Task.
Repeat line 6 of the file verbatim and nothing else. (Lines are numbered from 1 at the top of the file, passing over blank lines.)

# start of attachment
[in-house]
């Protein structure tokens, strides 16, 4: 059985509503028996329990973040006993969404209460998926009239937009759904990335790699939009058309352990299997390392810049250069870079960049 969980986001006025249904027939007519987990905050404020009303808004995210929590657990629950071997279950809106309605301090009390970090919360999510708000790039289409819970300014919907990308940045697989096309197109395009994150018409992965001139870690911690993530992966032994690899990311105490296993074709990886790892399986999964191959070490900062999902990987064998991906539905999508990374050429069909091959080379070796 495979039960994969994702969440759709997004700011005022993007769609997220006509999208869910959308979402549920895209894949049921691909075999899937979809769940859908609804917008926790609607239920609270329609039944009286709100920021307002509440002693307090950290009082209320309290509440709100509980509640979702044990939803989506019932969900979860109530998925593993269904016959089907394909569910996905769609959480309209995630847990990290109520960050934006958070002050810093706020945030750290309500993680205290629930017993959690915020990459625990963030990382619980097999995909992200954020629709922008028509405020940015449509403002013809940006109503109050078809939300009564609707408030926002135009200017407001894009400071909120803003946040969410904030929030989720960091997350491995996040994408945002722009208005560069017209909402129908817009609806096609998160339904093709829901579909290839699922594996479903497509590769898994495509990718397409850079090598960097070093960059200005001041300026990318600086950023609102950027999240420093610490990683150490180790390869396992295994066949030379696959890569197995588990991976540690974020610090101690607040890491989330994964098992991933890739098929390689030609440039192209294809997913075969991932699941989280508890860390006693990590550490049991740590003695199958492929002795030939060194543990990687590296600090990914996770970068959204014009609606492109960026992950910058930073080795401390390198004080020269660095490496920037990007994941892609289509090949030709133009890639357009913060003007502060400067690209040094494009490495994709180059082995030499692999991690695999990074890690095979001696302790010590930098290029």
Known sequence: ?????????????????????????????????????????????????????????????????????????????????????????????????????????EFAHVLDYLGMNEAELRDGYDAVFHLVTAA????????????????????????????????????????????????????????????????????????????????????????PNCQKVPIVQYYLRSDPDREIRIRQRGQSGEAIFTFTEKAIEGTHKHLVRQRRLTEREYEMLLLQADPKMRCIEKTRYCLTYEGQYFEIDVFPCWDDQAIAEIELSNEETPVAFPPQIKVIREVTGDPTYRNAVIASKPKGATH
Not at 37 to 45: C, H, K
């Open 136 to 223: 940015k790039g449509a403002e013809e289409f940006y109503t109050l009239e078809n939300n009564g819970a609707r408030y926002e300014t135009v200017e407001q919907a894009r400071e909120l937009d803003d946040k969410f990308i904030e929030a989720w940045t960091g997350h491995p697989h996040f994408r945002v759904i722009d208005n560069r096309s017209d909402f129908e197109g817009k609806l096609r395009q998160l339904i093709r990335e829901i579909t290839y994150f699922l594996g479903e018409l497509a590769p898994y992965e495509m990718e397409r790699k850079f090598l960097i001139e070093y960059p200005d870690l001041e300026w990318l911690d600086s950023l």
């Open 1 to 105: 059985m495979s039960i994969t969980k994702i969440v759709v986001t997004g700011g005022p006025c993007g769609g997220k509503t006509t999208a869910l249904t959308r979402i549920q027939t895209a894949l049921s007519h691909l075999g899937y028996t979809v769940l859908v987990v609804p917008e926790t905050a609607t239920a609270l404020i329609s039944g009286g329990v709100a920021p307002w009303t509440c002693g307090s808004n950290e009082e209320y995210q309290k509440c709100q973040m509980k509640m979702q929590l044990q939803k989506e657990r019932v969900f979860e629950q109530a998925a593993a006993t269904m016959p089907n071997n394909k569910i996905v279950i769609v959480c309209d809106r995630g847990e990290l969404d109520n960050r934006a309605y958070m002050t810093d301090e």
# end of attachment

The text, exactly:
């Open 1 to 105: 059985m495979s039960i994969t969980k994702i969440v759709v986001t997004g700011g005022p006025c993007g769609g997220k509503t006509t999208a869910l249904t959308r979402i549920q027939t895209a894949l049921s007519h691909l075999g899937y028996t979809v769940l859908v987990v609804p917008e926790t905050a609607t239920a609270l404020i329609s039944g009286g329990v709100a920021p307002w009303t509440c002693g307090s808004n950290e009082e209320y995210q309290k509440c709100q973040m509980k509640m979702q929590l044990q939803k989506e657990r019932v969900f979860e629950q109530a998925a593993a006993t269904m016959p089907n071997n394909k569910i996905v279950i769609v959480c309209d809106r995630g847990e990290l969404d109520n960050r934006a309605y958070m002050t810093d301090e």